uninsured or underinsured. it would be cheaper to cover folks who are not seeing their primary care if physicians. we have the opportunity now with the bill we have rolled out to end pre-existing conditions, which have been one of the biggest albatrosses. not being able to see the doctor because you had a condition prior to your employment at some factory. this is something that affects middle-class americans all over the united states. if we address this, pre-existing conditions, portability from job to job, they are not using the emergency room versus seeing the physician they want to see and make sure we provide incentives for prevention so that folks are living healthy lifestyles and we are able to provide prevention
and allowing physicians to make those decisions and not bean counters, that is what is going to be the cure for our health care dilemma. ms. pingree: pre-existing conditions, it's shocking when you hear those stories. i heard about a state that didn't have a requirement that insurance covers you in spite of a pre-existing condition. someone told me that someone of child-bearing age, you could have a pre-existing condition. and why shouldn't your insurance company cover you, but they weren't going to cover you. why don't they just say, we want healthy people who promise never to get sick. i come from the state of maine where the state legislature has already required that insurance companies cover you in spite of pre-existing conditions. and that's a great reform. maine is one of the laiders of
health care reform. we have a high number of people who have insurance coverage, many of them on maine care system, medicaid. but the fact is, what my colleagues in maine told me and i felt it, that states can't go it alone. there are many states in the country that have passed these kinds of regulars layings, but it makes it hard to compete with the state next door or charges sick people more than people who are well and don't have a community kind of rating plan. one of the issues we are facing now, particularly in states that are having a hard time holding their budgets together, they are saying to us, let's make it the same kind of coverage from state to state. and you mentioned portbuilt. it is called job lock. people who stay in their job because they're terrified to leave that job because they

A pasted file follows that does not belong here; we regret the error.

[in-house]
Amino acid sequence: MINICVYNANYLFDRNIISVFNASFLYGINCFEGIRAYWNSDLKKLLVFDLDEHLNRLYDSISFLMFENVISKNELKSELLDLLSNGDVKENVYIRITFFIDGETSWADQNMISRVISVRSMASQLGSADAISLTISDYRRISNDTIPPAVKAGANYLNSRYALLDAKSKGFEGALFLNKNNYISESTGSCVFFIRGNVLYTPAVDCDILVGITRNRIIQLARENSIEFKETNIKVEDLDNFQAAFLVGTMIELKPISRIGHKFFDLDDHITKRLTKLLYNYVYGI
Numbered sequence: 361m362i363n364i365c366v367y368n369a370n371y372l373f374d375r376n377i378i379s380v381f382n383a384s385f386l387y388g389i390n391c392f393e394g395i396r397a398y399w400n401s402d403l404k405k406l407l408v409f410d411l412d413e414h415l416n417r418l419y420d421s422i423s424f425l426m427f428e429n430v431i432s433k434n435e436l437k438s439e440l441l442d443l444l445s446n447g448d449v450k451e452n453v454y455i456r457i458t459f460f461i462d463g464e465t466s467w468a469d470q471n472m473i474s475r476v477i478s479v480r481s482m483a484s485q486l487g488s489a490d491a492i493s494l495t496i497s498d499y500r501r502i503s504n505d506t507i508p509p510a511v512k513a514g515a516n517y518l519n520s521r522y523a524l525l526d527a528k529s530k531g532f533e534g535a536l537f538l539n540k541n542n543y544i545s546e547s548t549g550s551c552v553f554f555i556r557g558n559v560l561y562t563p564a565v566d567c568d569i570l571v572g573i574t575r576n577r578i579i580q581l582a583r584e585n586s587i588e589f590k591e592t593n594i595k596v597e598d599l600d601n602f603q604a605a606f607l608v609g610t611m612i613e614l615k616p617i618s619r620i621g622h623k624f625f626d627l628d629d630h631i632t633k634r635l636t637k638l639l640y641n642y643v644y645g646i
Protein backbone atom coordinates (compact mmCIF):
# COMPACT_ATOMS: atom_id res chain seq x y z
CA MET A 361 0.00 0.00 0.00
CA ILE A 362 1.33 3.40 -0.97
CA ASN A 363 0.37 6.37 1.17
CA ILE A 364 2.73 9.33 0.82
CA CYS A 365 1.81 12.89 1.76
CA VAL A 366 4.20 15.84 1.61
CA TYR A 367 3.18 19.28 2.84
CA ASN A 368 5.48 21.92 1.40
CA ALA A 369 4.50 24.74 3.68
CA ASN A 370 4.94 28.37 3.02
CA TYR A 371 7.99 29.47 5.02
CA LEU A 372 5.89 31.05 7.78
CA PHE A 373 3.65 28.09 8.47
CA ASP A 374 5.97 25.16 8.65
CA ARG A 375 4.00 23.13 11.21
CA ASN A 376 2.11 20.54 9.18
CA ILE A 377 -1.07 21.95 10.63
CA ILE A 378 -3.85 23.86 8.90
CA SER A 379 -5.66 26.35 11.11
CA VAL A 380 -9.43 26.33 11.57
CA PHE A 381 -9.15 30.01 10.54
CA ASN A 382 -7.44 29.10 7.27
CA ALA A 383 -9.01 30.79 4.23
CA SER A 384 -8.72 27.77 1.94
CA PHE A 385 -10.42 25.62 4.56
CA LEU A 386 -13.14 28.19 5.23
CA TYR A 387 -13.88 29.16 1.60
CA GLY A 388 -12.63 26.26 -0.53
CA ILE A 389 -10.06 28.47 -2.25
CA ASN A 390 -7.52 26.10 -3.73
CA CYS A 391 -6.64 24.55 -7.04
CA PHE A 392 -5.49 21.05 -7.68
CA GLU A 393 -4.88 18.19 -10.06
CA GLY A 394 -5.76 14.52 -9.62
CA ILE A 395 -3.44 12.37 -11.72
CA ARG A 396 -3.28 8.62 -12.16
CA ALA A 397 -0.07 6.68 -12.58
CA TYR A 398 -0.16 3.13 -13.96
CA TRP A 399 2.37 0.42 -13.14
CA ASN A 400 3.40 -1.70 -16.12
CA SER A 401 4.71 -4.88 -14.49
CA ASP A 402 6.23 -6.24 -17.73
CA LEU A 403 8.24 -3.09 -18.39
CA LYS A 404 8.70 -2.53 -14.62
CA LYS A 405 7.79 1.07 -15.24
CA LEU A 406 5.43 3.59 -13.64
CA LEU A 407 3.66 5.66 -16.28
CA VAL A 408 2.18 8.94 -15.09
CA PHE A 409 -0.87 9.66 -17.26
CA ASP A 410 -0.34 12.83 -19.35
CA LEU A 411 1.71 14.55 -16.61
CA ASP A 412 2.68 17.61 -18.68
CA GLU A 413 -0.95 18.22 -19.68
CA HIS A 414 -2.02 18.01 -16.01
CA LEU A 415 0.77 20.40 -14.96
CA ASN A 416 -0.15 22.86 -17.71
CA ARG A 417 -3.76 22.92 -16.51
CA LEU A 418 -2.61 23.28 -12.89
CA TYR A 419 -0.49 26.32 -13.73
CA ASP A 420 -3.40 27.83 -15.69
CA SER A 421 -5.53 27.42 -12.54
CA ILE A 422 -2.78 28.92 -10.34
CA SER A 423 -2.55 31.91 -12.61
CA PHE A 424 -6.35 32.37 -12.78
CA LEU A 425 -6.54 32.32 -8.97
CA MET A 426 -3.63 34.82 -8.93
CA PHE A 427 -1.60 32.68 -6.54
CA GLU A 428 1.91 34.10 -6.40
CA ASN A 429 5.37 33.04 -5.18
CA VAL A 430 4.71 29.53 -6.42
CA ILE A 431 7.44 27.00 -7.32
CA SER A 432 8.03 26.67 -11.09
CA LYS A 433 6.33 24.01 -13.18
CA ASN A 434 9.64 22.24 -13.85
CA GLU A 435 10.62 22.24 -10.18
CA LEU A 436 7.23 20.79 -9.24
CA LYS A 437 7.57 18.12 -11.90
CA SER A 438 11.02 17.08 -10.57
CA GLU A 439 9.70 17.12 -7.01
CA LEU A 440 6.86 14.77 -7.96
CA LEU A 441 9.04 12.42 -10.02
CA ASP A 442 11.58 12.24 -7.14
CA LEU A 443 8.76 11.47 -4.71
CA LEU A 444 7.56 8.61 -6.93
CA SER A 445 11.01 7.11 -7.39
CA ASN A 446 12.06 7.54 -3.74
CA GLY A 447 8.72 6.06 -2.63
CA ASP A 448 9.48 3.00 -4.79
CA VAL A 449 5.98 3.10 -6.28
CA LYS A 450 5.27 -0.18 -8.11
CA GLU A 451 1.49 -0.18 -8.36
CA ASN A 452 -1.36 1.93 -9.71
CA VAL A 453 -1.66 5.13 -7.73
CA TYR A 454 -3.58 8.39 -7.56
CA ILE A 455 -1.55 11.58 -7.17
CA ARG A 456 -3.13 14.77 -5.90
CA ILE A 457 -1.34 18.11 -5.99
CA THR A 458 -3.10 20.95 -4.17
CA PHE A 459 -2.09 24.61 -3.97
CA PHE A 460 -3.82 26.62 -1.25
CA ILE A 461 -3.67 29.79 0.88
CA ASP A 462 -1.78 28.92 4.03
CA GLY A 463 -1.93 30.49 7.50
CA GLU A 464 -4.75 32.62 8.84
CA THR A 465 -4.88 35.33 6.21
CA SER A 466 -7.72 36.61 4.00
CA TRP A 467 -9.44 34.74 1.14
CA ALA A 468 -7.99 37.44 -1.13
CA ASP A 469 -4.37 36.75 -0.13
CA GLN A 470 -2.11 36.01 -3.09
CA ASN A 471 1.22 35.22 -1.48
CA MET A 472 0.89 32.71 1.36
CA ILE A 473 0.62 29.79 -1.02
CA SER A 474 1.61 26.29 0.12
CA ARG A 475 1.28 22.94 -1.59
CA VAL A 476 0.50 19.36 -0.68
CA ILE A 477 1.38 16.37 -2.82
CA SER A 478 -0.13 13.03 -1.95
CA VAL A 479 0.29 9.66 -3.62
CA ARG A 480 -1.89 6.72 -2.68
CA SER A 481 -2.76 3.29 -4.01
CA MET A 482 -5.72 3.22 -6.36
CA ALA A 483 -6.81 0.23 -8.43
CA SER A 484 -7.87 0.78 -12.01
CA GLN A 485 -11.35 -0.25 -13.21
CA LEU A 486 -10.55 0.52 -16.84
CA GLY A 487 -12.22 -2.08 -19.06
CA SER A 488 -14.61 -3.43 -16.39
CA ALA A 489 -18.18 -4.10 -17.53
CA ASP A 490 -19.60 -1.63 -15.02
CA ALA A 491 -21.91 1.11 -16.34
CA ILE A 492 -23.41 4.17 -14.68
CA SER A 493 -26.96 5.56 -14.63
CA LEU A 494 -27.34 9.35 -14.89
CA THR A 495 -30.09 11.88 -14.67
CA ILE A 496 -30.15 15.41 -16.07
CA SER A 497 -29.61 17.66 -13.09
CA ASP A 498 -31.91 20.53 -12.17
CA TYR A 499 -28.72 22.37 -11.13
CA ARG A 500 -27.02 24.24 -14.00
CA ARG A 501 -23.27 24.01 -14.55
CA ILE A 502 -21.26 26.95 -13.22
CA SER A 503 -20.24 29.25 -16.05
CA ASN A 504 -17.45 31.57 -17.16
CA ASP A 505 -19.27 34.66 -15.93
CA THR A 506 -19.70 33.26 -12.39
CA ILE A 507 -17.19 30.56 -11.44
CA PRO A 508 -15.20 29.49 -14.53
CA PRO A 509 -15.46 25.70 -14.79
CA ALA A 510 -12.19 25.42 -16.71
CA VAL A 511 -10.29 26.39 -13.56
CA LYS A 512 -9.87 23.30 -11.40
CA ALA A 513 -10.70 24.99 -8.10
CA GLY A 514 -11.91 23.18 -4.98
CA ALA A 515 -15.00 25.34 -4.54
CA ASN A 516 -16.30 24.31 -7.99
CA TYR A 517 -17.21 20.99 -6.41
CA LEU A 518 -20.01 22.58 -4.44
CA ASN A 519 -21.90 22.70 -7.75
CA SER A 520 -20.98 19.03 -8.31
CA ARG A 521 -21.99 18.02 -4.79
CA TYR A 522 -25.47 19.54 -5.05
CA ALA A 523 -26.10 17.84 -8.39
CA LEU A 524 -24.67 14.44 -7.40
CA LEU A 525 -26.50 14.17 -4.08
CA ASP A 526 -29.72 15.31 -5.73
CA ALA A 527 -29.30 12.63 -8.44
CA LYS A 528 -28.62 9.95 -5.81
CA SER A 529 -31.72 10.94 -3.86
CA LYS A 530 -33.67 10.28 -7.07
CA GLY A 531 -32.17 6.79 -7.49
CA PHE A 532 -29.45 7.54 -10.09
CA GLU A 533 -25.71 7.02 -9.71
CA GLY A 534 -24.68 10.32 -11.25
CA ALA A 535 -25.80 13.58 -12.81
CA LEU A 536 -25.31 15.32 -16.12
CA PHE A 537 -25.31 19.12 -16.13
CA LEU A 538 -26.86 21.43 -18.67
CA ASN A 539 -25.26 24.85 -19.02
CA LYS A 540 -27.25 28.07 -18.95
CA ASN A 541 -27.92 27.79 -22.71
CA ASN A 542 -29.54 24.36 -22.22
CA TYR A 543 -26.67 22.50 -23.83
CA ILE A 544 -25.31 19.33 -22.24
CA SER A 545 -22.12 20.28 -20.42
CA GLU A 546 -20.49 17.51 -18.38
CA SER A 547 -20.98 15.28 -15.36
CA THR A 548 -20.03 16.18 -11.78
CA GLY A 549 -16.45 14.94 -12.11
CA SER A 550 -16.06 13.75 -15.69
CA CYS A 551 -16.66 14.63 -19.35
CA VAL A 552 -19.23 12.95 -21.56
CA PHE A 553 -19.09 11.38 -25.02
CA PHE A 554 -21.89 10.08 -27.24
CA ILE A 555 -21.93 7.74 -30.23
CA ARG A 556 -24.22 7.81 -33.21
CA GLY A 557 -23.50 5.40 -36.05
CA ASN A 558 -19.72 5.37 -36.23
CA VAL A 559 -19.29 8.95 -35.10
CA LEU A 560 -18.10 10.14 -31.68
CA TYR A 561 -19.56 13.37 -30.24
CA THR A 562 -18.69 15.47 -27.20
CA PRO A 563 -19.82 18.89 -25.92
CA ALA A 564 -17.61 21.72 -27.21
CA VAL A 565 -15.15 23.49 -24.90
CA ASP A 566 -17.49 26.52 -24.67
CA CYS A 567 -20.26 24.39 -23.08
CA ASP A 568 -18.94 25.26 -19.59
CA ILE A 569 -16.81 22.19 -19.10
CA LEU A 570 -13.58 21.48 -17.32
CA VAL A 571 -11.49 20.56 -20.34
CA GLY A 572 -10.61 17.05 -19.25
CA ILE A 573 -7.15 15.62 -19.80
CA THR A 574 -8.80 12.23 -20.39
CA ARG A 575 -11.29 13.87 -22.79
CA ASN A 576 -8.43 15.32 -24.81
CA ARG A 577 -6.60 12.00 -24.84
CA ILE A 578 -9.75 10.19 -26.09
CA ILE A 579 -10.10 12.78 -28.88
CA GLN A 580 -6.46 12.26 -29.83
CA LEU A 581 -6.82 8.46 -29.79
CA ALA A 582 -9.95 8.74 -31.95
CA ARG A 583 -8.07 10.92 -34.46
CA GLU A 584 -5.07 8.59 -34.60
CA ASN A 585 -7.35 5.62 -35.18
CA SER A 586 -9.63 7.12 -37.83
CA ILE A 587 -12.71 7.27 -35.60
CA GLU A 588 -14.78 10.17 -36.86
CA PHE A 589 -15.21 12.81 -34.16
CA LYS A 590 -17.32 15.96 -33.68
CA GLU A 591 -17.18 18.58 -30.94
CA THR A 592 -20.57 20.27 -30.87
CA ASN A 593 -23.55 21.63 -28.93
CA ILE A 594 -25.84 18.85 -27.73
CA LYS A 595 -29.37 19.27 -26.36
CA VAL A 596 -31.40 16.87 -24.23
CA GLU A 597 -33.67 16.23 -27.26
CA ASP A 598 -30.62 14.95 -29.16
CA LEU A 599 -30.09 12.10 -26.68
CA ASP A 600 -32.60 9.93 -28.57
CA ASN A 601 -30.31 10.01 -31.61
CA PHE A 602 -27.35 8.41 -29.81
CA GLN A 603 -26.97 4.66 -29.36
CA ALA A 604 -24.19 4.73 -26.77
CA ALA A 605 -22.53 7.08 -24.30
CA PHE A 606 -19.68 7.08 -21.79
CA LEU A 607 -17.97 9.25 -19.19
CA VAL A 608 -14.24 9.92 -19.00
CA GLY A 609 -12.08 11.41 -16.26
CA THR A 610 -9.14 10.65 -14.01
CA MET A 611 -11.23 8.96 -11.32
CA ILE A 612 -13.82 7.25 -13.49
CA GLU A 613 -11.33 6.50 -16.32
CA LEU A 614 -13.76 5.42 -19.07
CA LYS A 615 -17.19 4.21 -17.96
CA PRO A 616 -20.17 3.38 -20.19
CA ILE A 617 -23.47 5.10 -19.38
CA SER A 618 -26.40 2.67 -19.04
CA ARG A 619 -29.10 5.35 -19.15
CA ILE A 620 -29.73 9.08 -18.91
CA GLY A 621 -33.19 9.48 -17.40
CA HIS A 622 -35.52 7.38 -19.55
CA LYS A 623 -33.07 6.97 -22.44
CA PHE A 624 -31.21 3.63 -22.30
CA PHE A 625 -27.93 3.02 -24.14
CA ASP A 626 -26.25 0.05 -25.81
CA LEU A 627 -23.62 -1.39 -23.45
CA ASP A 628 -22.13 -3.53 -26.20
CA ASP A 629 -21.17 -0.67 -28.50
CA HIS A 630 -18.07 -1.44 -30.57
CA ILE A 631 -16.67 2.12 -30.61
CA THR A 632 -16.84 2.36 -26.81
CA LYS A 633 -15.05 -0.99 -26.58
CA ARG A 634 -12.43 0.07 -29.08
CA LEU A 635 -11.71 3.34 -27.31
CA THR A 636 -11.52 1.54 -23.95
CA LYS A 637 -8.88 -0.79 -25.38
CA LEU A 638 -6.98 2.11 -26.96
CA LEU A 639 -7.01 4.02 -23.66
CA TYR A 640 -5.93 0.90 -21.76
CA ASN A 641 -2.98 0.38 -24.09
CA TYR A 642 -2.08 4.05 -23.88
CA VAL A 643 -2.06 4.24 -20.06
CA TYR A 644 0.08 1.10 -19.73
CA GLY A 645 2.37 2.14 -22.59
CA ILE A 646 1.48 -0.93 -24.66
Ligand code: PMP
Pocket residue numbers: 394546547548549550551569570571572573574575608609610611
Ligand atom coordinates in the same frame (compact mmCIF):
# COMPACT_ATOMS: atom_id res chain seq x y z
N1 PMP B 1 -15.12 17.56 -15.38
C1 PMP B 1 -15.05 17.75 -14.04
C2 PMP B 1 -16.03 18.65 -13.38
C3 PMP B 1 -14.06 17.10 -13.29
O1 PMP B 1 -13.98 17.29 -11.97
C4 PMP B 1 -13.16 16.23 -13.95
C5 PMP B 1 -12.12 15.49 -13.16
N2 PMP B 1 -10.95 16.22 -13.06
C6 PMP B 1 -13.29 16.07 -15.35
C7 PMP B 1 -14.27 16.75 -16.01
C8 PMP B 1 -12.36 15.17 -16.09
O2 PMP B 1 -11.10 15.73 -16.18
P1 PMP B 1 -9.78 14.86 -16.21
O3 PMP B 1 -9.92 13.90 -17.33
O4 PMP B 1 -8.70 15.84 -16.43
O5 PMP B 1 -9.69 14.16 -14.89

can't go without health insurance because their spouse is sick or their child is sick. we have people who say i could create a job vacancy for someone else who would like to work at this company because i'm going to start another business. people who have set aside to retire. they say i'm ready to retire. in this economy, where we can use any job we can find, having health care coverage would do more to boost the economy, i think than many other things. in the state of maine, as i mentioned, a lot of people are self-employed, they are fishermen or own a small entity, people say, we make enough to get buy. we make our own home repairs, but we are worried about our health care coverage.
and exactly what you mentioned earlier. those are the very people who when they do get sick have to go to the emergency room, who often depend and they depenon charity care. and i have the same situation. a lot of rural hospitals who depend on fund-raising drives to keep the doors open who are seeing us all the time saying, we can't keep the hospital open. what are we going to do? mrs. halvorson: something else we haven't talked about is the outreach that i have tried to do and i know a lot of members have done with our federally qualified health centers, theirs is a very important place for them because there is so much that they could do in the meantime for those who don't have insurance or those who aren't able to get the health care they need. and i have toured so many of them in my district.
they do a wonderful job. so in the meantime, we should be doing everything we can to make sure that people have a place to go where they can have a medical home, where they can teal comfortable and take their children. i know in illinois, we have family care where every child has health care. there are things bsh did you we shouldn't be doing this state by state. we spend a lot of time working on health care. we knew this was a federal issue. so this is something that needs to be done on a national level and it's something that everybody working together is going to be able to get accomplished. mr. boccieri: i know that there might be some apprehension out there from our seniors about health care reform. and let me stress to you that our plan allows you to keep the
doctor that you want to keep. if you like the doctor that you're seeing, you can continue seeing that doctor. if you don't like the doctor that you're seeing and would like to get into a different plan, it will allow you to go into a different plan, build more freedom under this bill. there will be more freedom under these proposals. and we're going to make sure that physicians are telling our seniors, health care professionals are telling our seniors the type of health care that they need, whether this m.r.i. was authorized, whether this cancer treatment was necessary and prudent. we want health care prolvesals to do that. we don't want bean counters making decisions based upon what the bottom line and dollars are going go to be. and the gentlelady was talking about what she did in the state legislature and in ohio we have a similar situation, where folks were delaying payments, insurance companies were delaying payments to doctors who ultimately run a business.